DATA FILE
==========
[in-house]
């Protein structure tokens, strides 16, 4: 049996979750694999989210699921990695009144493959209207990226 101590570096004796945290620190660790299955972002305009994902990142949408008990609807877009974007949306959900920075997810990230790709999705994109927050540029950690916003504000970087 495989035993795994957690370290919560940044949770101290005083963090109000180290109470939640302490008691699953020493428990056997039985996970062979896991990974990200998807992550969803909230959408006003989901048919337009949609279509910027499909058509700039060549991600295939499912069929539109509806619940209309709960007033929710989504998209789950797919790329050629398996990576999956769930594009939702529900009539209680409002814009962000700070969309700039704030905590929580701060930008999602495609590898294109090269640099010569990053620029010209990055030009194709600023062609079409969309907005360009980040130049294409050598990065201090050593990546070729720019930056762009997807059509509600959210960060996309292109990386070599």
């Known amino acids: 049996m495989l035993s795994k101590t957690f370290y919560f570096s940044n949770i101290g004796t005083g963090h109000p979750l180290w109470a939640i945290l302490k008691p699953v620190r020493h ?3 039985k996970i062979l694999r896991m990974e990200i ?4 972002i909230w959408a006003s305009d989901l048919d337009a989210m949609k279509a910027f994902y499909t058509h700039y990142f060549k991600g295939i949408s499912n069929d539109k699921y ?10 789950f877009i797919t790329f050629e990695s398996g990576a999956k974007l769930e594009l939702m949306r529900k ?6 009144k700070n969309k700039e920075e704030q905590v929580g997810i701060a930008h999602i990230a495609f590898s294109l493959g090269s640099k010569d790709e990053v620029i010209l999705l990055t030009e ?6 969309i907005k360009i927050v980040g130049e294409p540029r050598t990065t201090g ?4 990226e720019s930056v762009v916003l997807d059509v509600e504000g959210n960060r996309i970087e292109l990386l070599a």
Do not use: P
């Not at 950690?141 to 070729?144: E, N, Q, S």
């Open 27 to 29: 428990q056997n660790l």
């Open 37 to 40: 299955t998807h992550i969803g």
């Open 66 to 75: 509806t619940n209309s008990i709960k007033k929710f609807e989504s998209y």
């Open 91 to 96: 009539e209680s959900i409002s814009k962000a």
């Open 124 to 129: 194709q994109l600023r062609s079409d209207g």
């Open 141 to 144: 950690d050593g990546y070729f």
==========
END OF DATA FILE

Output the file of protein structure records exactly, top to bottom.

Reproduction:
[in-house]
């Protein structure tokens, strides 16, 4: 049996979750694999989210699921990695009144493959209207990226 101590570096004796945290620190660790299955972002305009994902990142949408008990609807877009974007949306959900920075997810990230790709999705994109927050540029950690916003504000970087 495989035993795994957690370290919560940044949770101290005083963090109000180290109470939640302490008691699953020493428990056997039985996970062979896991990974990200998807992550969803909230959408006003989901048919337009949609279509910027499909058509700039060549991600295939499912069929539109509806619940209309709960007033929710989504998209789950797919790329050629398996990576999956769930594009939702529900009539209680409002814009962000700070969309700039704030905590929580701060930008999602495609590898294109090269640099010569990053620029010209990055030009194709600023062609079409969309907005360009980040130049294409050598990065201090050593990546070729720019930056762009997807059509509600959210960060996309292109990386070599």
């Known amino acids: 049996m495989l035993s795994k101590t957690f370290y919560f570096s940044n949770i101290g004796t005083g963090h109000p979750l180290w109470a939640i945290l302490k008691p699953v620190r020493h ?3 039985k996970i062979l694999r896991m990974e990200i ?4 972002i909230w959408a006003s305009d989901l048919d337009a989210m949609k279509a910027f994902y499909t058509h700039y990142f060549k991600g295939i949408s499912n069929d539109k699921y ?10 789950f877009i797919t790329f050629e990695s398996g990576a999956k974007l769930e594009l939702m949306r529900k ?6 009144k700070n969309k700039e920075e704030q905590v929580g997810i701060a930008h999602i990230a495609f590898s294109l493959g090269s640099k010569d790709e990053v620029i010209l999705l990055t030009e ?6 969309i907005k360009i927050v980040g130049e294409p540029r050598t990065t201090g ?4 990226e720019s930056v762009v916003l997807d059509v509600e504000g959210n960060r996309i970087e292109l990386l070599a």
Do not use: P
């Not at 950690?141 to 070729?144: E, N, Q, S």
């Open 27 to 29: 428990q056997n660790l």
């Open 37 to 40: 299955t998807h992550i969803g």
């Open 66 to 75: 509806t619940n209309s008990i709960k007033k929710f609807e989504s998209y």
């Open 91 to 96: 009539e209680s959900i409002s814009k962000a």
């Open 124 to 129: 194709q994109l600023r062609s079409d209207g």
């Open 141 to 144: 950690d050593g990546y070729f």